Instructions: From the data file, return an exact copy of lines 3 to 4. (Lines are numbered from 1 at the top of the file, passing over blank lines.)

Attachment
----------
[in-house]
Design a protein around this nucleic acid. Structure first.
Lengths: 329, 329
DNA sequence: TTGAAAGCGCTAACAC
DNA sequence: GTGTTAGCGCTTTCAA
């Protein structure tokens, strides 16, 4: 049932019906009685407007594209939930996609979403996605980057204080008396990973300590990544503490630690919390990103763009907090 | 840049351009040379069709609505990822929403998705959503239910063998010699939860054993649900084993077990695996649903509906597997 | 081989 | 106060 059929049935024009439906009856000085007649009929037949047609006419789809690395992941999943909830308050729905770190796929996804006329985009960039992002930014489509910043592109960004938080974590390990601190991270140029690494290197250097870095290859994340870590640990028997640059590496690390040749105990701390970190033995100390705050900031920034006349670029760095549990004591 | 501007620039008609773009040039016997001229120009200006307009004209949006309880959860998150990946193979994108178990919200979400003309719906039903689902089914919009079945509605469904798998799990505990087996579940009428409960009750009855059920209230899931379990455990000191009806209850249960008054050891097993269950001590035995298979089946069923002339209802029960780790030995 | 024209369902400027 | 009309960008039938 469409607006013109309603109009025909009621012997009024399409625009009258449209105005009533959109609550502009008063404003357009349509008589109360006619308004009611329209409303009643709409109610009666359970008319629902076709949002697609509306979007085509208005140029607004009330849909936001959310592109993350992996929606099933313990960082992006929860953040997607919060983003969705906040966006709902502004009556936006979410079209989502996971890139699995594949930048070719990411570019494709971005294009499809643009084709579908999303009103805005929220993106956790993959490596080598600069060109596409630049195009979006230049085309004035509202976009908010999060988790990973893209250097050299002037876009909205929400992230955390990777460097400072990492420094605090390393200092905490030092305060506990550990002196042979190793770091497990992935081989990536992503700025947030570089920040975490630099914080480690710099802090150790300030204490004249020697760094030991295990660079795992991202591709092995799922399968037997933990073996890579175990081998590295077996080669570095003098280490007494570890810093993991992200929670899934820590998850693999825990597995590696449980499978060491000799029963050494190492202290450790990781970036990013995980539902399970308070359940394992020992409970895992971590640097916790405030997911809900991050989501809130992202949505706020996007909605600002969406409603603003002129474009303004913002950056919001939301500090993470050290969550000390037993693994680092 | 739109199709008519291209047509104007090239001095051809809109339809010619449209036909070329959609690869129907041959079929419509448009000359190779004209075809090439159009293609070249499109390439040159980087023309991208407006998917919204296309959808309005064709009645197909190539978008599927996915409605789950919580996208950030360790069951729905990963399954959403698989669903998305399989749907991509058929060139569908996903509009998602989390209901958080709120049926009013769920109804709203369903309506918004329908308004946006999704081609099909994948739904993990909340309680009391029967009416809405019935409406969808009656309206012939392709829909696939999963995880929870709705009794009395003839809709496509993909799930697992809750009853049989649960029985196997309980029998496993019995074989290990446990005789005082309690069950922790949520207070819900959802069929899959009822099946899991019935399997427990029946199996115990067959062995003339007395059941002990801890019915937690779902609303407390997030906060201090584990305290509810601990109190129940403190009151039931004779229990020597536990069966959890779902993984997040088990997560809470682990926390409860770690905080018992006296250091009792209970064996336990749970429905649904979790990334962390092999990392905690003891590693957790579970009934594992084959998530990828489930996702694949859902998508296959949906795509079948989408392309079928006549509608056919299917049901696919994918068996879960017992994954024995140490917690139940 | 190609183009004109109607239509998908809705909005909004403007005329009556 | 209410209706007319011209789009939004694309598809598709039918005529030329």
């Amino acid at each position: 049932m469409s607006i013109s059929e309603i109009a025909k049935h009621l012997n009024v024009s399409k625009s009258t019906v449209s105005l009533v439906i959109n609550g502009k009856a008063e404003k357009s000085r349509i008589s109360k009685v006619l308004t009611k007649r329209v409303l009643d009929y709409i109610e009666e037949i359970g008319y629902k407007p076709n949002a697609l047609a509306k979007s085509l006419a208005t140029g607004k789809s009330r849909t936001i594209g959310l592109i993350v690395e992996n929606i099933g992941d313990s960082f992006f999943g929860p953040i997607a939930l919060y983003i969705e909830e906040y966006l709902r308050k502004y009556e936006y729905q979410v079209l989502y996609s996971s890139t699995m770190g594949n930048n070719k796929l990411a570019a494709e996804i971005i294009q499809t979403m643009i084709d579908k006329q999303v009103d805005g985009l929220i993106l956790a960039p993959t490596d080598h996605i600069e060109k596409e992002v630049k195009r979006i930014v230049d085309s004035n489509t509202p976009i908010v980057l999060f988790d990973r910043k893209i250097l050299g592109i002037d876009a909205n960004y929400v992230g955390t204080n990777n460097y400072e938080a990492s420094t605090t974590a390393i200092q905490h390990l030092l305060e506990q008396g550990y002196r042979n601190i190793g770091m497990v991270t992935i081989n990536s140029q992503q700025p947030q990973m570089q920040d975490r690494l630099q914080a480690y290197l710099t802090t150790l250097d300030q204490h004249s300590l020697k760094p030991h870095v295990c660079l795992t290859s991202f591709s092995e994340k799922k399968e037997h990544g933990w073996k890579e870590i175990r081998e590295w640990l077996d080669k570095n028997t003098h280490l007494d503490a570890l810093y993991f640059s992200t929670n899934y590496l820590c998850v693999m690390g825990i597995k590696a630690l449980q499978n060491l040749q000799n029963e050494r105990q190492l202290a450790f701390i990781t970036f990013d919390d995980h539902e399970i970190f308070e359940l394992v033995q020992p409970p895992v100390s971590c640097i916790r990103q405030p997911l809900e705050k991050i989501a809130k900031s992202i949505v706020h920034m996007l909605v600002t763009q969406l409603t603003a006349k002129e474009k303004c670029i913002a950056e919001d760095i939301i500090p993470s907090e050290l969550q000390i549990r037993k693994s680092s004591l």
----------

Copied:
Lengths: 329, 329
DNA sequence: TTGAAAGCGCTAACAC